AFTER a defeat, it’s easy to declare a crisis and reach for some nuclear solutions which, you’re certain, will ensure that a game is never lost again.
Losses always invite introspection and it’s no bad thing as wins can provide a façade which hides real problems, but there is always the risk of over-examining something.
Cork City didn’t deserve to beat Waterford last Friday night, but at the same time the goals they conceded could have been avoided.
The build-up for both originated in loose City play but even then, had Conor McCormack got less contact on Gavan Holohan’s cross or Seán McLoughlin got more on Ismahil Akinade’s shot, the ball wouldn’t have gone in.
Allowing for the equaliser, City had a great chance through Barry McNamee immediately afterwards.
If that had gone in, then the odds were that the points would have been going back to Cork.
The same kinks would exist in the team, but they wouldn’t receive as much focus because of the result.
For City, getting the balance right in the front third looks to be one of those issues right now.
McNamee has been most effective as a number 10 but has found himself out on the right wing with Garry Buckley in the middle and Karl Sheppard on the bench, though Buckley’s impending suspension for his red card on Friday will necessitate a change.
A three of Sheppard, McNamee and Sadlier behind Graham Cummins has been very effective on occasion this season – including the President’s Cup, they have been together for 364 minutes with an aggregate scoreline of 14-2 in City’s favour in that time, with the Sligo Rovers game the standout, as well as the three-goal blitz against Bray Wanderers a week and a half ago.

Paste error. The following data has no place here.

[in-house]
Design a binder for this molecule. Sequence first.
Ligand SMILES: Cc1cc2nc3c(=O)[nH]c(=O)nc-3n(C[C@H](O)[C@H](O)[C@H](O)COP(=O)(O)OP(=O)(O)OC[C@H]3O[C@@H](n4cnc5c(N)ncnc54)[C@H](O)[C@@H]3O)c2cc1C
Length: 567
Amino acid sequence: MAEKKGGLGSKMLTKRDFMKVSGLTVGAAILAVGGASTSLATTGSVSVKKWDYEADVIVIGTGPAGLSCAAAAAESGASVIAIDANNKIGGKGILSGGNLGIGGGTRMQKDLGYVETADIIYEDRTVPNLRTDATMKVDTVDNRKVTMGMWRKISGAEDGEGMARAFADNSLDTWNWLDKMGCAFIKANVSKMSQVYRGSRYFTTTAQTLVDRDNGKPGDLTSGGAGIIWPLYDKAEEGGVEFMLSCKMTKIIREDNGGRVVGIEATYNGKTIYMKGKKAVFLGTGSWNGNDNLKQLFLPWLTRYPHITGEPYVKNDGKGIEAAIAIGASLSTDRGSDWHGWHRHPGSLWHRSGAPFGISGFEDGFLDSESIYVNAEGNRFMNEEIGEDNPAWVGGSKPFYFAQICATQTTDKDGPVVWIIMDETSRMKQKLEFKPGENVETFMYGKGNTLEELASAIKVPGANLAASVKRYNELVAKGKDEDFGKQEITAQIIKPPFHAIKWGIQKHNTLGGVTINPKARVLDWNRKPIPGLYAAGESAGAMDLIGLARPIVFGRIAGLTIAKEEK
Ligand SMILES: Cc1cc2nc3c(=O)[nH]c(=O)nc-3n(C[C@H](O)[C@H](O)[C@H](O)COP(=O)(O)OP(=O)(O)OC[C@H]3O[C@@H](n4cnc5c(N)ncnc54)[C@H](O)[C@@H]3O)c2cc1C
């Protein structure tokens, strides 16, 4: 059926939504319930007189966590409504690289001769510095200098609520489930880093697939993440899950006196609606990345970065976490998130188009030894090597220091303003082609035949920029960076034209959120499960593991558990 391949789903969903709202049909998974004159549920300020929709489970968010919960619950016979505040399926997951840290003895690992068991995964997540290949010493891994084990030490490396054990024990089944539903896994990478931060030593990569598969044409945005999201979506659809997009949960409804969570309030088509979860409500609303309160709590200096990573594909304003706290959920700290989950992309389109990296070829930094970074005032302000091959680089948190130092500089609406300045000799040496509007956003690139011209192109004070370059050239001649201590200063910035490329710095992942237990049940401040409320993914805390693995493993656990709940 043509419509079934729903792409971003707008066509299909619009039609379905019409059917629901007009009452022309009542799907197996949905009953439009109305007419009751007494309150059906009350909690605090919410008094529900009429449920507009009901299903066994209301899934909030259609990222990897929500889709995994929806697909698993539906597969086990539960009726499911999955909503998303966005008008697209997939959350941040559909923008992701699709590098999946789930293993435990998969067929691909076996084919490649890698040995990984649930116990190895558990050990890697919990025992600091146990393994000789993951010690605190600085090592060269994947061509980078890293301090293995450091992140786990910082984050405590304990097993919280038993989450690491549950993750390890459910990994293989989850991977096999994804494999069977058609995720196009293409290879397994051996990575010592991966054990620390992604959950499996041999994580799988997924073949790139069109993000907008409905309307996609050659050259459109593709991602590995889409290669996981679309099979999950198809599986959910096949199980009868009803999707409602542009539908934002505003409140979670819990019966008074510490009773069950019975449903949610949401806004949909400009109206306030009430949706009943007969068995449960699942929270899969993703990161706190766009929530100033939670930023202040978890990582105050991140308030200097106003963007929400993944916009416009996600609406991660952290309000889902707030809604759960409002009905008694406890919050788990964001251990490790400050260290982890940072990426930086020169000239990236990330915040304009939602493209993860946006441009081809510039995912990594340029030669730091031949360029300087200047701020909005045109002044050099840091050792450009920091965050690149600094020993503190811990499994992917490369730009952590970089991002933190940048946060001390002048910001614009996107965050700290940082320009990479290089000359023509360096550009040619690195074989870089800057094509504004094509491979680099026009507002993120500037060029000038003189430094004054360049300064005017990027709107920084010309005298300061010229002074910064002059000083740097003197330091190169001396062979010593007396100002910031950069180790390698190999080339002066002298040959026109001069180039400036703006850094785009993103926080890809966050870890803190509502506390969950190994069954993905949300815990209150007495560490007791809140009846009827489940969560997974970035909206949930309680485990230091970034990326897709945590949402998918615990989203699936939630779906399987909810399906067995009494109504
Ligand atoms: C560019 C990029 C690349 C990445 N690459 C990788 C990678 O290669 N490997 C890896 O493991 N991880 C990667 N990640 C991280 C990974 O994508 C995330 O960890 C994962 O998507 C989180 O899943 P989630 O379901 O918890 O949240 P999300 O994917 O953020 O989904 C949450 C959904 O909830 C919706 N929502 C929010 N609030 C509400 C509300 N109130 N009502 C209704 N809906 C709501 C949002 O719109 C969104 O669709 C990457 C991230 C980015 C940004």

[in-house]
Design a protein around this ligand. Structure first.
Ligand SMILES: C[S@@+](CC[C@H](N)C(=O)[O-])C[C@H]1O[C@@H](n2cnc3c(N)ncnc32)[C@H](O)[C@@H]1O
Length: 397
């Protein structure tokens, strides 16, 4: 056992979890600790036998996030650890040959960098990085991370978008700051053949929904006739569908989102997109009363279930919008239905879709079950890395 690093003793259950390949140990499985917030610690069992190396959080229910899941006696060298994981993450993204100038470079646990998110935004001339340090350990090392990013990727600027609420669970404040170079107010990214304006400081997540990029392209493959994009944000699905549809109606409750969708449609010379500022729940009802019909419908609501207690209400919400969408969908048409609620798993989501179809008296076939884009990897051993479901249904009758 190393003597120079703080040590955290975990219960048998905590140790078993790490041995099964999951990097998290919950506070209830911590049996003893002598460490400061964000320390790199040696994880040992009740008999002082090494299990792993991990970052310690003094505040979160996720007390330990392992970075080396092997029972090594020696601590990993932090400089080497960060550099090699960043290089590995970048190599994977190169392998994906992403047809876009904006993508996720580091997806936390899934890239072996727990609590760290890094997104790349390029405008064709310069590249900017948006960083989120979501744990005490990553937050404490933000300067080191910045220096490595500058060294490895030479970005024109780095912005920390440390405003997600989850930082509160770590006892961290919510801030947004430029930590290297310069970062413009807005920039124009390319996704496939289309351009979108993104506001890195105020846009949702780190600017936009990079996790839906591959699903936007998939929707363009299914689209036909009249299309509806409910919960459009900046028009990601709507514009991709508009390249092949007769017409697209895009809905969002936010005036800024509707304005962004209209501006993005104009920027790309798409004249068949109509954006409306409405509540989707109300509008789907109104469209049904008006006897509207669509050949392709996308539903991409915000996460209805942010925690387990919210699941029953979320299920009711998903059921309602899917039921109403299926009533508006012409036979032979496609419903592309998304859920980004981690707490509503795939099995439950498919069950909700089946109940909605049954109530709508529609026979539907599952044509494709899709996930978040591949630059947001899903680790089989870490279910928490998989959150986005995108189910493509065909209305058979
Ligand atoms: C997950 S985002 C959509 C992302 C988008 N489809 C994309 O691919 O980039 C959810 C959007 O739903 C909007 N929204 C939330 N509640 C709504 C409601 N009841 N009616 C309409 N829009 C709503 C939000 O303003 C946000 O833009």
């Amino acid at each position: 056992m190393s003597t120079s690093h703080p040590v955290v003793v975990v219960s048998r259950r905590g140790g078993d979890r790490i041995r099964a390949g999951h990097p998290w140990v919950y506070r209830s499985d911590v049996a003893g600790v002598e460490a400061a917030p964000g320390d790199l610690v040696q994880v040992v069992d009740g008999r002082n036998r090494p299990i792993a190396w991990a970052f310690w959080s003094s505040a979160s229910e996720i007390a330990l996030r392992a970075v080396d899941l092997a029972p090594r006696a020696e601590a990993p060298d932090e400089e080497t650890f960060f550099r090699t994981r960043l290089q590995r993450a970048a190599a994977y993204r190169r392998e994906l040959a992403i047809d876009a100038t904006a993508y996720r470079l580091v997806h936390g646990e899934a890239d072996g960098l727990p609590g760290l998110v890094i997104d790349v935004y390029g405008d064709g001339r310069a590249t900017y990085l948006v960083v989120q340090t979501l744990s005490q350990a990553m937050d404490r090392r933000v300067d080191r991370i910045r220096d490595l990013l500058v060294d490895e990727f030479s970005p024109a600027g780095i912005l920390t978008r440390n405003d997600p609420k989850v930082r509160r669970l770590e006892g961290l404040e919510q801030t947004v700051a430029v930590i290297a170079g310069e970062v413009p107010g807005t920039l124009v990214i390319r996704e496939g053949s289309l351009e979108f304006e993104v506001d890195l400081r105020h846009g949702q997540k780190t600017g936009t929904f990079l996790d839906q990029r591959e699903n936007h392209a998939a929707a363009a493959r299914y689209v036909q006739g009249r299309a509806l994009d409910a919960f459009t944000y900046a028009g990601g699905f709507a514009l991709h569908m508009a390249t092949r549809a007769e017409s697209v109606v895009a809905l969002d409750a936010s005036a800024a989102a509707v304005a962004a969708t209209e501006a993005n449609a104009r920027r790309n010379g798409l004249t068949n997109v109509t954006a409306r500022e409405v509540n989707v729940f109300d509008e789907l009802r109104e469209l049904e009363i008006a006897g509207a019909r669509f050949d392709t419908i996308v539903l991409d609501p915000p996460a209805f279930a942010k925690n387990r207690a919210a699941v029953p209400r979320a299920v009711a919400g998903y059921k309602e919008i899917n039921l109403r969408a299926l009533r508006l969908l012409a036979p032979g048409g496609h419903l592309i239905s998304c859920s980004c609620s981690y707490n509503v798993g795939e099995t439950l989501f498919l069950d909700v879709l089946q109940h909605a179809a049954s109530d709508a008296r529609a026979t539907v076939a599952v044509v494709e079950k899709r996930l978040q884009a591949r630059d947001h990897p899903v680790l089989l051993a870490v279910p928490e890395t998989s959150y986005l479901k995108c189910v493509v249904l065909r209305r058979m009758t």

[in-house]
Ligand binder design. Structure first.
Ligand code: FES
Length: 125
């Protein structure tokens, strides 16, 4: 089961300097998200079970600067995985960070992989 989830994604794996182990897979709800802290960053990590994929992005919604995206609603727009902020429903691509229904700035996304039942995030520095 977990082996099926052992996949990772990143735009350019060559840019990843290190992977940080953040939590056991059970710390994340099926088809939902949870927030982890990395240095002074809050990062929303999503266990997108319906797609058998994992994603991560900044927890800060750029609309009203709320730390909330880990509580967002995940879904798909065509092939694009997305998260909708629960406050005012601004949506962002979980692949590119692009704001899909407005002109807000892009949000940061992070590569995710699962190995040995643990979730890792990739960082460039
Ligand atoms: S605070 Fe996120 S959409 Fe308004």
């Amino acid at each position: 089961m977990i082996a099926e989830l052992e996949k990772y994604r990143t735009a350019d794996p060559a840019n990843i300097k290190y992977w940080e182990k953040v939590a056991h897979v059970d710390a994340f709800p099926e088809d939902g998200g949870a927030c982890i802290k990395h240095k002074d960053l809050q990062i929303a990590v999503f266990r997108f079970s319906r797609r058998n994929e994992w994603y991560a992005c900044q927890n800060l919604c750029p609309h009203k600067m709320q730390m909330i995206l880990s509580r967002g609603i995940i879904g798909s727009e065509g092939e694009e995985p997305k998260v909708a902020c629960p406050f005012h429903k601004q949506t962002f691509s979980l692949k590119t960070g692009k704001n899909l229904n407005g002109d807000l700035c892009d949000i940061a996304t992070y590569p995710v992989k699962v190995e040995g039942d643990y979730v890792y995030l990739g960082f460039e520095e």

However, against that is the fact they were all present for the bulk of the games against Dundalk, Shamrock Rovers and Limerick too, with City only scoring two Sadlier penalties in that time.
Manager John Caulfield knows that there are some things which need tweaking, but at the same time he knows that there is no great need for major surgery.
“To be honest, I just want to get the players re-focused and just get their confidence back,” he said after last Friday’s game.
“You go from the top of the league and become a bad team overnight. It’s not that we were bad, but the second half just wasn’t good enough.”
One other thing to note is that, even allowing for the two away defeats, City are two points off the top with six of their games have been away from home. It’s the opposite for Dundalk, while Waterford have had five at home and four away.
Obviously, relying on that to be enough is like counting games in hand as points in the bag, but it is something to be aware of.
The important thing for City is to ensure that home comforts help them back on the winning trail against St Patrick’s Athletic on Friday night.